Balana Fort – strategic rock fortress in Kandyan hills
By Arundathie Abeysinghe
Situated between *Kadugannawa Pass and *Alagalla Mountain Range, Balana Fort was constructed during the *Kandyan Kingdom as a strategic rock fortress and an outpost for the Kingdom.
The mountain of Balana is located over 600 meters above sea level. At present, Balana is administered by the *Central Province and is also the boundary line between the *Sabaragamuwa and Central Provinces.
Balana Fort (Balana meaning Look-Out in Sinhala) was utilized as a sentry point on the approach to Kandy and was a strategic defense post to prevent enemy invasions and the remains of the Fort can still be found on the summit. According to historians, the path behind the Balana Railway Station has been the old road which is a steep 2.5 kilometer climb to the summit of the mountain and extends comparatively flat to the open plains towards Danture village. At present, the path is well-carpeted and there is a bus service from *Kadugannawa. Yet, approximately 300 years ago, it has been an arduous climb. Summit of Balana renders breathtaking vistas of the environs and plains below…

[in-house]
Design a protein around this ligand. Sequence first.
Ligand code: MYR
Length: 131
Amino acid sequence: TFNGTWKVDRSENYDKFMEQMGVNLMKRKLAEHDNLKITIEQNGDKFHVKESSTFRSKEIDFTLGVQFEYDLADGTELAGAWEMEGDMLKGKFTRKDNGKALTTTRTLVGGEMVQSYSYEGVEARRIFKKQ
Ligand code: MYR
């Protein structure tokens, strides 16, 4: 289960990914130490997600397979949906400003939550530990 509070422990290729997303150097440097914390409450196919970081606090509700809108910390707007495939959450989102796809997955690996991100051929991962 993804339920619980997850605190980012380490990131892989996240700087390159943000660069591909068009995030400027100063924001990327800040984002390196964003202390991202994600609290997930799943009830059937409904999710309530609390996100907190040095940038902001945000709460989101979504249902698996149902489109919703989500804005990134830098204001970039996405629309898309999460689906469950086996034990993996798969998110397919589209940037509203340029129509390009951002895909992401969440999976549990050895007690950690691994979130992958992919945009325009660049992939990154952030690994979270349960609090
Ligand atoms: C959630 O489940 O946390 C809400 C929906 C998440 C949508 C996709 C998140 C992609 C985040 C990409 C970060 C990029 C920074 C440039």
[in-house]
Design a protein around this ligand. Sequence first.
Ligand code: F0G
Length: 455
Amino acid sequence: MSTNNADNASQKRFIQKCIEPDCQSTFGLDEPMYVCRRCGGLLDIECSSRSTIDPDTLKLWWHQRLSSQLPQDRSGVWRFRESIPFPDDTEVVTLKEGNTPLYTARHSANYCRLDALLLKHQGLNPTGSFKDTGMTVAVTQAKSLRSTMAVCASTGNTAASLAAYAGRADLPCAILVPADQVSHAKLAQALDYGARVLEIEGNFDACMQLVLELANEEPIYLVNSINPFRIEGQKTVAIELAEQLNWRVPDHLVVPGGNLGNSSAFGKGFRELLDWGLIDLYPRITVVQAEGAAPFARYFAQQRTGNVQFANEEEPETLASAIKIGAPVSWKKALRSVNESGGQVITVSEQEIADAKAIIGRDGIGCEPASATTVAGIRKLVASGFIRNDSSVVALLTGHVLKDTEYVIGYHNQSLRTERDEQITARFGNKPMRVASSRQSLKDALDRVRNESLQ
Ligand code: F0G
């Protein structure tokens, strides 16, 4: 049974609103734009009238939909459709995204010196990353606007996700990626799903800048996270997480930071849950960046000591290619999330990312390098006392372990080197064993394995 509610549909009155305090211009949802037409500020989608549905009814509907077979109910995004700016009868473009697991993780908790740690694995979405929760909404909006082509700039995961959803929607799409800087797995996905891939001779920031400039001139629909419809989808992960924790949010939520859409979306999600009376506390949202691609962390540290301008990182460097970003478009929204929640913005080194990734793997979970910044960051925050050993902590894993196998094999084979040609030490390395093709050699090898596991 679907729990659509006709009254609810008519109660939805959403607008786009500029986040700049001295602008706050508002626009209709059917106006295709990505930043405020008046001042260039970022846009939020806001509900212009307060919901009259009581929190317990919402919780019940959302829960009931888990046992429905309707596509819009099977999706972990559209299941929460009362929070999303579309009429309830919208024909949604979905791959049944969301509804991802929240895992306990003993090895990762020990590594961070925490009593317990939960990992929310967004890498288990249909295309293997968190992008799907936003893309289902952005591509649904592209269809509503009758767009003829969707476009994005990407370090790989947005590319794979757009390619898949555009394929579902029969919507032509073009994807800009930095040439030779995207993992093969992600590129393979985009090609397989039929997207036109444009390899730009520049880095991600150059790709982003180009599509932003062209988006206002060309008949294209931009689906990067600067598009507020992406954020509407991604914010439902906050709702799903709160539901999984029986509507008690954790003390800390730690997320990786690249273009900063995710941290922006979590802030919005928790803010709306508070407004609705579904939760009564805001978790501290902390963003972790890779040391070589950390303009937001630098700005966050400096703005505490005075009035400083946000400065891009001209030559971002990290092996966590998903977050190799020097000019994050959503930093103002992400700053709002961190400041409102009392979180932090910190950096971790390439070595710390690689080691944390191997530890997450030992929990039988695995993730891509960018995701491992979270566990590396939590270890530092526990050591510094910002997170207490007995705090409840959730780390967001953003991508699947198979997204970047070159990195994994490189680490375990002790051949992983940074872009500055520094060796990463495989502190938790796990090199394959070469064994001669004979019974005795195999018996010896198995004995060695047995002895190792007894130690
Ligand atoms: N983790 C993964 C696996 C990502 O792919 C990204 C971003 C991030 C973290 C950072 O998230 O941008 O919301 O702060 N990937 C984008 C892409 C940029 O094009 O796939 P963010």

This fort has been the most significant pass during the Kandyan Kingdom with the other being at Galagedara (a village in the Central Province of Sri Lanka).
The majority of battles against invasions aimed at the Kandyan Kingdom by the western nations during the Colonial rule of maritime provinces of Sri Lanka occurred at the Alagalla Mountain range and invading foreign armies were defeated by battles at Balana Fort under the reign of Kandyan Kings.
According to historians, when the Portuguese landed in Sri Lanka in 1505, their objective was to acquire more territory. Yet, the Balana Rock Fort that served as an observation post stood against an invasion of the Kandyan Kingdom. During this period, the Portuguese were in control of the *Kingdoms of Kotte, Sitawaka and Jaffna. Yet, they were unsuccessful in their attempts to capture the Kingdom of Kandy in 1594, 1603 and 1630. Balanna ‘look out’ post was the main obstacle.
According to scholars, Balana Fort protected Buddhism and Sri Lankan culture from western powerful nations such as the Portuguese, Dutch and English for approximately five centuries.